noun[mass noun] • historical
- 1A feudal tenant’s or vassal’s sworn loyalty to a lord: they owed fealty to the Earl rather than the KingMore example sentences
- The Anglo-Saxons used oaths not only to swear fealty to feudal lords, but also to ensure honesty during legal proceedings and transactions.
- By that I mean a vassal/lord relationship in which the former swears fealty to the latter in return for control of the lands which he owns.
- No, what's important is your unswerving fealty to the Lord.
- 1.1Formal acknowledgement of loyalty to a lord: a property for which she did fealtyMore example sentences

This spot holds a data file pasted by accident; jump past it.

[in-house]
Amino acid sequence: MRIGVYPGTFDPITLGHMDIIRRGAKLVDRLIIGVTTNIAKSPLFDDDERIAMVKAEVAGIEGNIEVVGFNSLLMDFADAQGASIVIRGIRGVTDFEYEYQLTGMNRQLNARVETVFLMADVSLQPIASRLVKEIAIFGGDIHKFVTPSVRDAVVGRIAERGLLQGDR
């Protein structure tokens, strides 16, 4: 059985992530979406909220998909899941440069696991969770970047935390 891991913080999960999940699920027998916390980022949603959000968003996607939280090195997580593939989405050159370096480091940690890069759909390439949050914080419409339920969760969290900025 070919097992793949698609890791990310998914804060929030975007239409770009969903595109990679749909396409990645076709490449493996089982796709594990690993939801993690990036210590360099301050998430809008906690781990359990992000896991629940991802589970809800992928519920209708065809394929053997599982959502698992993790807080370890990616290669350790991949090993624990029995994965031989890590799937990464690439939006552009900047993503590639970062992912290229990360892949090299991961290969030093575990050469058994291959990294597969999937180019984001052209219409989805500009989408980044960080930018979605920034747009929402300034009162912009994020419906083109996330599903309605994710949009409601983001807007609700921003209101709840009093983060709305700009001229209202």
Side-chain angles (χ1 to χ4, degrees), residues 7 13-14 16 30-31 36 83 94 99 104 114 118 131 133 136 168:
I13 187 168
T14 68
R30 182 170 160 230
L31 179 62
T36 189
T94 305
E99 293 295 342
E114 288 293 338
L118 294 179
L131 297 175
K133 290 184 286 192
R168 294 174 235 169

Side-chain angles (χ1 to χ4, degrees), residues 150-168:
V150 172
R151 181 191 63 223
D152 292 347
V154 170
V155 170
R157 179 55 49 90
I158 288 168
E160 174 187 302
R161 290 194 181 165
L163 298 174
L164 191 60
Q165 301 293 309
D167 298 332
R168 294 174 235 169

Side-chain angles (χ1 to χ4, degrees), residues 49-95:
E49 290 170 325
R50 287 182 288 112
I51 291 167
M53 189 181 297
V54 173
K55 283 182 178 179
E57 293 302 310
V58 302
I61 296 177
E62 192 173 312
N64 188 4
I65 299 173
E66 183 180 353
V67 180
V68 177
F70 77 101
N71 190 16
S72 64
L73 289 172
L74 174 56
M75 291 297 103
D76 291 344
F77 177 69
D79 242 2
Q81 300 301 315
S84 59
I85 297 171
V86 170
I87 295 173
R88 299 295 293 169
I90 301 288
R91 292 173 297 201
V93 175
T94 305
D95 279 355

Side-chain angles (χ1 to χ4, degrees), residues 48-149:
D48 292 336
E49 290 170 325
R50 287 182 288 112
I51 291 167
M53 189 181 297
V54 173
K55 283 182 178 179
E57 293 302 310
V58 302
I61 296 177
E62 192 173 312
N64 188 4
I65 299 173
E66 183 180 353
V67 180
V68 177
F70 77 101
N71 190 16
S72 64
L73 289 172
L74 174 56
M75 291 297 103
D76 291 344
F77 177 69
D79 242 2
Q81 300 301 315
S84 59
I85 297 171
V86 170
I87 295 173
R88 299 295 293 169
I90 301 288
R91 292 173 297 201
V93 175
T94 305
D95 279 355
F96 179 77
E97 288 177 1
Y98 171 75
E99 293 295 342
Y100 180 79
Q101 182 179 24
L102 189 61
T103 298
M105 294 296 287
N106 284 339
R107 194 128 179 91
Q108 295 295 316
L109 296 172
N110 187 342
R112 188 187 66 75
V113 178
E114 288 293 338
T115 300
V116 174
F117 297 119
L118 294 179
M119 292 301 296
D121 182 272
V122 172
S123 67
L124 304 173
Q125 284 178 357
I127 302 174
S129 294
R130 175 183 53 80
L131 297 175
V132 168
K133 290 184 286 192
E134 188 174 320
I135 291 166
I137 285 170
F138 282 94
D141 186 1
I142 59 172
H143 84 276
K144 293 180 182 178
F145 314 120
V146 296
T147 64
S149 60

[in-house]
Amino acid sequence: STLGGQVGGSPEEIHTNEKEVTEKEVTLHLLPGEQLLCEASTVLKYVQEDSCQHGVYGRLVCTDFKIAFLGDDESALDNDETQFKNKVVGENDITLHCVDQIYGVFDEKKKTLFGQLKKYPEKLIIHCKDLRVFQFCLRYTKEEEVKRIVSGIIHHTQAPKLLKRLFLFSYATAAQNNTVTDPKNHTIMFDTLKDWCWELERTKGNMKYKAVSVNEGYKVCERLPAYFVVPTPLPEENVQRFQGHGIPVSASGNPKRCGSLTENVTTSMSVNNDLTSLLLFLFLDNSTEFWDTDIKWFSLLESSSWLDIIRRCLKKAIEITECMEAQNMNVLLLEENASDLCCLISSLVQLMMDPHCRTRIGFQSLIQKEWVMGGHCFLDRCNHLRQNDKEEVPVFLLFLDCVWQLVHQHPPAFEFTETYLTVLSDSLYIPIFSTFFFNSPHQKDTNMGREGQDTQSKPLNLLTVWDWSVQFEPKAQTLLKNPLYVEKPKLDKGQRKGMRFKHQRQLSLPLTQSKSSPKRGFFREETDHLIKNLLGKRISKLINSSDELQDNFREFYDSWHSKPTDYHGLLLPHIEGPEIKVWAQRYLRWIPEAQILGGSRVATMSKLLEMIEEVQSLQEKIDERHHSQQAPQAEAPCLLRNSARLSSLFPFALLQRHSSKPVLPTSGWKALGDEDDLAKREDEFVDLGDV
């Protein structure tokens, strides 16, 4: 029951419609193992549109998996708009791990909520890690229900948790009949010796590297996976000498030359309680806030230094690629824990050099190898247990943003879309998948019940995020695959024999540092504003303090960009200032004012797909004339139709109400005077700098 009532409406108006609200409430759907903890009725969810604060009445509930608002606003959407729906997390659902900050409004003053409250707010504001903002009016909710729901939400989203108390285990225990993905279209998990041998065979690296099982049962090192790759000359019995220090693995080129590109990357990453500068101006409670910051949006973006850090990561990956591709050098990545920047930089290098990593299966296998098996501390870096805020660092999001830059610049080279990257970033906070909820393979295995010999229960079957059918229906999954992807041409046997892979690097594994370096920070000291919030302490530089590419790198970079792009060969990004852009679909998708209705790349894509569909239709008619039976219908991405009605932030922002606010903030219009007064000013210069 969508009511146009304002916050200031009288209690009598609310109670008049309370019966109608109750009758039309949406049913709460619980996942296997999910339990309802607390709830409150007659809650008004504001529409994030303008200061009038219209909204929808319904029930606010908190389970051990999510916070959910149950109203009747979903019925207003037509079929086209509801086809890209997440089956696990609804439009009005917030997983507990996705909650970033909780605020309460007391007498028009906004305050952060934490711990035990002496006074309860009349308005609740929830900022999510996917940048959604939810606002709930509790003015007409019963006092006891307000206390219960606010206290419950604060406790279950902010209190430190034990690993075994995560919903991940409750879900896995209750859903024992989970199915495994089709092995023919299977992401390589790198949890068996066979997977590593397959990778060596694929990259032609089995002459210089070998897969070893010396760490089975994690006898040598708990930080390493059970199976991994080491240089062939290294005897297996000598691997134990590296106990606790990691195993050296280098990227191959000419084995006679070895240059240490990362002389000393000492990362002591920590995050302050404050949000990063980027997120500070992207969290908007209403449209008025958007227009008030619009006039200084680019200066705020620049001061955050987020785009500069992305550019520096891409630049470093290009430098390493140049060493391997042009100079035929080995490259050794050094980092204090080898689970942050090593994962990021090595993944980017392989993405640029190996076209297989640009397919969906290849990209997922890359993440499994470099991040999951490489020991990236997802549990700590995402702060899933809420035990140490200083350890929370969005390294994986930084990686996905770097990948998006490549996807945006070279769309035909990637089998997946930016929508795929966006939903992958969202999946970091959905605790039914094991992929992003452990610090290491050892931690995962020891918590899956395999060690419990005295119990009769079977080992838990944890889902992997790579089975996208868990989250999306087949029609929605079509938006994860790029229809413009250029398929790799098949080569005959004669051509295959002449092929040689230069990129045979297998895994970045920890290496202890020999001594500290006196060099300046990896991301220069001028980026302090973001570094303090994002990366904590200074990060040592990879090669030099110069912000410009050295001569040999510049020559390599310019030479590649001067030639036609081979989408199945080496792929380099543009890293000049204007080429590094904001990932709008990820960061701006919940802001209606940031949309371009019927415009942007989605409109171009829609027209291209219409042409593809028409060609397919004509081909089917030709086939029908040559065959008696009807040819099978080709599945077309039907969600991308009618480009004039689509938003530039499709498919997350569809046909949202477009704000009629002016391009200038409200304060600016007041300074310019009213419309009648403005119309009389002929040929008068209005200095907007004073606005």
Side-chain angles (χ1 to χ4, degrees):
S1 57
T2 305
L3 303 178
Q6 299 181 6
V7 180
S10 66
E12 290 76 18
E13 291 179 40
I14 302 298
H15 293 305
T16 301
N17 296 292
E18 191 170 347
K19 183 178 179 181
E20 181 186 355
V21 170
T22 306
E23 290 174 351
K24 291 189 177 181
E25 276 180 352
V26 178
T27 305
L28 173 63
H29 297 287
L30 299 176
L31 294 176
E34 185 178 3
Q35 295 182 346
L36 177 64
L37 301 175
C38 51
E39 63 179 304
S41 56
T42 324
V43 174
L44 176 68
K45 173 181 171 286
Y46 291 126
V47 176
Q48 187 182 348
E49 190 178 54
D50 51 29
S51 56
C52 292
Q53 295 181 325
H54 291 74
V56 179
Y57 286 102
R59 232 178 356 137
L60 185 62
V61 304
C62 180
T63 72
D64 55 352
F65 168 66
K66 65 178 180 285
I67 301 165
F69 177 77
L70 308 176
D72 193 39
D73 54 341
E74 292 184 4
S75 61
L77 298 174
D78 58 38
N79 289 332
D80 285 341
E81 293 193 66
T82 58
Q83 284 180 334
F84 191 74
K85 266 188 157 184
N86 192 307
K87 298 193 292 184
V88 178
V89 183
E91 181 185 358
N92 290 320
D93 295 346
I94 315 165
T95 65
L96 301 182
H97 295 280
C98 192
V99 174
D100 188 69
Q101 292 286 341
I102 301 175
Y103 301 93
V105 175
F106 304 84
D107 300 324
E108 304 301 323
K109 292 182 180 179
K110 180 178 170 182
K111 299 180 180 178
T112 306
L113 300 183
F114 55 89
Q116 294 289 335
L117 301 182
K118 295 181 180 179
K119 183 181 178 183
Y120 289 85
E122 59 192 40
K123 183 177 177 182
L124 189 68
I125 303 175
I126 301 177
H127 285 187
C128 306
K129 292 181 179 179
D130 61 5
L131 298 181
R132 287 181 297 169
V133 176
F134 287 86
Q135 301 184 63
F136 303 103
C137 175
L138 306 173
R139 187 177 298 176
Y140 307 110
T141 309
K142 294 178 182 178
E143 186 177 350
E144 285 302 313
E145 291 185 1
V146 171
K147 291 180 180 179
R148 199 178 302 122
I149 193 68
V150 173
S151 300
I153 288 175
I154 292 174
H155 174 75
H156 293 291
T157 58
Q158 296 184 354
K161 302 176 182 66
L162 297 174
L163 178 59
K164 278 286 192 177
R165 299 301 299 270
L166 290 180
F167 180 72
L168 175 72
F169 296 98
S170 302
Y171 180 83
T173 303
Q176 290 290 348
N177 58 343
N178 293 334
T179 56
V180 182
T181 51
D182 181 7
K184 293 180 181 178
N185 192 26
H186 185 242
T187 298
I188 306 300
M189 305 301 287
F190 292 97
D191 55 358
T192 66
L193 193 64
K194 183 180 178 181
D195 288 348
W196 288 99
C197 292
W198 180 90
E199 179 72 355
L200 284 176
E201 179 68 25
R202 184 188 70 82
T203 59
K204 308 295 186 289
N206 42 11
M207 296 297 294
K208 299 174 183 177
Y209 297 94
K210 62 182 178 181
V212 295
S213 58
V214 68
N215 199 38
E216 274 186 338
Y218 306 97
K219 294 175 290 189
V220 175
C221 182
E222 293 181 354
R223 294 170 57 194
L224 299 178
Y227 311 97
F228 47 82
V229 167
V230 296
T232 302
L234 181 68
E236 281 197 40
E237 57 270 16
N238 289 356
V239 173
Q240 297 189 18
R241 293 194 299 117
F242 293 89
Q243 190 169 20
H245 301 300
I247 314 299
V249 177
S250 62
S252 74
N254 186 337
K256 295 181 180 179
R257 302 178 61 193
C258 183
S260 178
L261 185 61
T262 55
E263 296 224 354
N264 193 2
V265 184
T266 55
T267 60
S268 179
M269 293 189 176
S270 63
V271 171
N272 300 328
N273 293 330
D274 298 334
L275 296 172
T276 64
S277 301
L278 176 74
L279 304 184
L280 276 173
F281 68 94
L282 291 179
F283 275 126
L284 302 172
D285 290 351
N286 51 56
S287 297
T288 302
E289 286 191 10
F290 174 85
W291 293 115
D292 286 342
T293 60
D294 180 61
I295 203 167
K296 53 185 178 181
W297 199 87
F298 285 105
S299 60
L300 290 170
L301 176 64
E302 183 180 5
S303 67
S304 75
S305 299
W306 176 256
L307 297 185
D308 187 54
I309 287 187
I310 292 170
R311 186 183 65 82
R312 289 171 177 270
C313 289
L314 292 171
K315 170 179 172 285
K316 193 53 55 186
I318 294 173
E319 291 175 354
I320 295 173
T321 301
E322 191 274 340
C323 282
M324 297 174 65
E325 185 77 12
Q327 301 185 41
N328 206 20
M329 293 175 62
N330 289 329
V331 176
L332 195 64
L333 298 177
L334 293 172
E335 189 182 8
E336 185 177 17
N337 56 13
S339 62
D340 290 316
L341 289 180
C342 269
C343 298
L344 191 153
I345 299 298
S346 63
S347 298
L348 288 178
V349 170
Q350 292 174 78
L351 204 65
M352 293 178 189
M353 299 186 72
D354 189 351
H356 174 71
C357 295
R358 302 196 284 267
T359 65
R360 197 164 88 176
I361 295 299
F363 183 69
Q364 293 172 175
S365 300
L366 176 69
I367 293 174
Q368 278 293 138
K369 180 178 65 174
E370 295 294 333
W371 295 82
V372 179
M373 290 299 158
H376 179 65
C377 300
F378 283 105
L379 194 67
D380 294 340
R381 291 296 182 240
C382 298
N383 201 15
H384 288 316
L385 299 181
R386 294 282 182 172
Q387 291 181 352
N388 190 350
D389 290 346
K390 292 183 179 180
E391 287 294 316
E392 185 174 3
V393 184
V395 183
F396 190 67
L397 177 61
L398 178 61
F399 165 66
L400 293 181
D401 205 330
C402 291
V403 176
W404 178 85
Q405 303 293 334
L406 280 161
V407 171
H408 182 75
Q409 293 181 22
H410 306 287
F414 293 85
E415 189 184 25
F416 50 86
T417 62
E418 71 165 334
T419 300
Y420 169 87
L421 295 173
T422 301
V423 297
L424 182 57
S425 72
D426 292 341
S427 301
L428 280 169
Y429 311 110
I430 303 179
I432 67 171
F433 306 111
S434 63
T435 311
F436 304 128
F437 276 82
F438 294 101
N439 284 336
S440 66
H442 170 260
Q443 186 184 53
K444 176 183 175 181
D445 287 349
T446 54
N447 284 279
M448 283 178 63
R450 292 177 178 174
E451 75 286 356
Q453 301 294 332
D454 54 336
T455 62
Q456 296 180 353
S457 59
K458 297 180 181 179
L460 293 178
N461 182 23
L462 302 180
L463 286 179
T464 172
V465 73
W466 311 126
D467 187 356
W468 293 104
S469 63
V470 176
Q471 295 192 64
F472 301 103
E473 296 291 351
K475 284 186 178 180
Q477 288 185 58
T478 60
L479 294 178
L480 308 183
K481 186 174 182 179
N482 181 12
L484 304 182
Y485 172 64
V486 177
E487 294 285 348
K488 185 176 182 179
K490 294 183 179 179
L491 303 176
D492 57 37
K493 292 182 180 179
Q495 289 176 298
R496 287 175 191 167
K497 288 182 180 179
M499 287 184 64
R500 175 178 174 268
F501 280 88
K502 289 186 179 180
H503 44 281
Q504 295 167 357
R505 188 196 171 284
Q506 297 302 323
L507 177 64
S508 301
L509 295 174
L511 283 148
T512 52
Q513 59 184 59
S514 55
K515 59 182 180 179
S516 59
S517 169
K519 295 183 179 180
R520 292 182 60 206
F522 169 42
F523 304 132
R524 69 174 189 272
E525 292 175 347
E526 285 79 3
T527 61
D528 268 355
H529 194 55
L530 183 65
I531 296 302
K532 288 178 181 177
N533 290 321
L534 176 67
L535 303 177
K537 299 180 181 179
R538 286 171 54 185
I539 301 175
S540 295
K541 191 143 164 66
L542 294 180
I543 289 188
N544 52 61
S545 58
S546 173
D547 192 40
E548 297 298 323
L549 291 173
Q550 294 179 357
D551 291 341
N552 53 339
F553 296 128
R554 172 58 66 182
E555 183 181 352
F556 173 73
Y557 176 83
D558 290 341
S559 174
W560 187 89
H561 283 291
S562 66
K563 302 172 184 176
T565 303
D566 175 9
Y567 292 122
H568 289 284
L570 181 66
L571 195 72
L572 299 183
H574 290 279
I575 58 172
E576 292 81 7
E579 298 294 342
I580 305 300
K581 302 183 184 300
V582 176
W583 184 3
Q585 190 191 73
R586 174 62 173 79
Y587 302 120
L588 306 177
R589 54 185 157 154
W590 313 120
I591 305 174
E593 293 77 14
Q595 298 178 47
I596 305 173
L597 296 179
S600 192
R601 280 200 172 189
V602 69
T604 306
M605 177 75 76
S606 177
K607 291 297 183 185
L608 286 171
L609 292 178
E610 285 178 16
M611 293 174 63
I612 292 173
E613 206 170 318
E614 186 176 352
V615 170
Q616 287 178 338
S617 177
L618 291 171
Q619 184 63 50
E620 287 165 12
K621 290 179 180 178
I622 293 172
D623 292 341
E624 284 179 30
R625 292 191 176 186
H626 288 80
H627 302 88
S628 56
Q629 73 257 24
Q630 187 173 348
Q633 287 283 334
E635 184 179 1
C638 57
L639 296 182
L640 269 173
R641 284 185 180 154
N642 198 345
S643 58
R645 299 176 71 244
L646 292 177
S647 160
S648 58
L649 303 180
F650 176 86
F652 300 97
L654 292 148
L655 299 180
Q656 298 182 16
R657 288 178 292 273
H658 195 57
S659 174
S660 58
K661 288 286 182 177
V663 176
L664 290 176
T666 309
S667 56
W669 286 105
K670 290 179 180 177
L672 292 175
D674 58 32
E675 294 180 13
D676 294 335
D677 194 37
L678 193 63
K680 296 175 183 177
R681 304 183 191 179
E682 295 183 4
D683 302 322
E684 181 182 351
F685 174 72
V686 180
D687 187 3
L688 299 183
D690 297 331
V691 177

- In 920 Edmund had accepted Raegnald's fealty and thus acknowledged his status.
- Llwelyn was forced into a humiliating surrender that included relinquishing control over the eastern part of his territory and an acknowledgment of fealty paid to Edward I annually.
- Homage and fealty performed by the great men after the coronation were arguably of greater practical importance than the ceremony itself.
Middle English: from Old French feau(l)te, fealte, from Latin fidelitas (see fidelity).
More definitions of fealtyDefinition of fealty in:
- The US English dictionary